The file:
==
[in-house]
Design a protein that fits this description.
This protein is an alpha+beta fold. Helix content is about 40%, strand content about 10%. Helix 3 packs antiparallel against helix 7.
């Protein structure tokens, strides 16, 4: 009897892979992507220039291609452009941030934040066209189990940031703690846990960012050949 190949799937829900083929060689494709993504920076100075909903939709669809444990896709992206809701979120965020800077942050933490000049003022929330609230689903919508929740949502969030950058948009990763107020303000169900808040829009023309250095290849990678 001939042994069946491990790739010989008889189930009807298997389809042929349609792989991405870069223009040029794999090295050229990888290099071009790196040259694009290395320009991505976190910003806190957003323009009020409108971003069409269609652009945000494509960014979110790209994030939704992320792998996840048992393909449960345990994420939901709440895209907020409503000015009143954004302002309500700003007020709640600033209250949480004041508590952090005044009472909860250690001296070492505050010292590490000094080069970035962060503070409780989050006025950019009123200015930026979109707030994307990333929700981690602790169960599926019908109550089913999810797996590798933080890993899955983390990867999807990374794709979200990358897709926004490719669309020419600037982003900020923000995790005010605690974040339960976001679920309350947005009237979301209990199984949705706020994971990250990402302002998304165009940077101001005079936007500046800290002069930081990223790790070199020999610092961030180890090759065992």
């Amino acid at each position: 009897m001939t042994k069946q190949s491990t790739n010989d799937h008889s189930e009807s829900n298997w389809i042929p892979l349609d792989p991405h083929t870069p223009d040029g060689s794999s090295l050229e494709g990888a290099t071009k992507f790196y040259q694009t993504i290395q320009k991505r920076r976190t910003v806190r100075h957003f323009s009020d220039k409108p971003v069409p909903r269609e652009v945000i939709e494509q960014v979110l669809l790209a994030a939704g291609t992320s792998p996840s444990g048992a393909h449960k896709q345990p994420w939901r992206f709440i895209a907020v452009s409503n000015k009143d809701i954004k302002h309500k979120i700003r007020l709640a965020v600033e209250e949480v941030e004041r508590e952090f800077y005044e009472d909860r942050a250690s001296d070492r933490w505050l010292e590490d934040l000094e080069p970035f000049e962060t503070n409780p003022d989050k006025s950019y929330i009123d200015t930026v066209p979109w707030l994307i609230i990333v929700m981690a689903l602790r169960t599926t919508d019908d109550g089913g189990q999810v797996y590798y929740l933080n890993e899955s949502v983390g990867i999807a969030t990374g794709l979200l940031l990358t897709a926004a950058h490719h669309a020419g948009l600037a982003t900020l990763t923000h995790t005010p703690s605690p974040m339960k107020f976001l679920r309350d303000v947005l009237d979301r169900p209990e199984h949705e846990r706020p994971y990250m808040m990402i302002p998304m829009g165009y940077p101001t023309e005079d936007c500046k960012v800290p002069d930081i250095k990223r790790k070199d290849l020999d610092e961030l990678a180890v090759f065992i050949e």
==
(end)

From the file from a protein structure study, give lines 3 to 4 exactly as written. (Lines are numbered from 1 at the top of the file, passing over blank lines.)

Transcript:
This protein is an alpha+beta fold. Helix content is about 40%, strand content about 10%. Helix 3 packs antiparallel against helix 7.
């Protein structure tokens, strides 16, 4: 009897892979992507220039291609452009941030934040066209189990940031703690846990960012050949 190949799937829900083929060689494709993504920076100075909903939709669809444990896709992206809701979120965020800077942050933490000049003022929330609230689903919508929740949502969030950058948009990763107020303000169900808040829009023309250095290849990678 001939042994069946491990790739010989008889189930009807298997389809042929349609792989991405870069223009040029794999090295050229990888290099071009790196040259694009290395320009991505976190910003806190957003323009009020409108971003069409269609652009945000494509960014979110790209994030939704992320792998996840048992393909449960345990994420939901709440895209907020409503000015009143954004302002309500700003007020709640600033209250949480004041508590952090005044009472909860250690001296070492505050010292590490000094080069970035962060503070409780989050006025950019009123200015930026979109707030994307990333929700981690602790169960599926019908109550089913999810797996590798933080890993899955983390990867999807990374794709979200990358897709926004490719669309020419600037982003900020923000995790005010605690974040339960976001679920309350947005009237979301209990199984949705706020994971990250990402302002998304165009940077101001005079936007500046800290002069930081990223790790070199020999610092961030180890090759065992």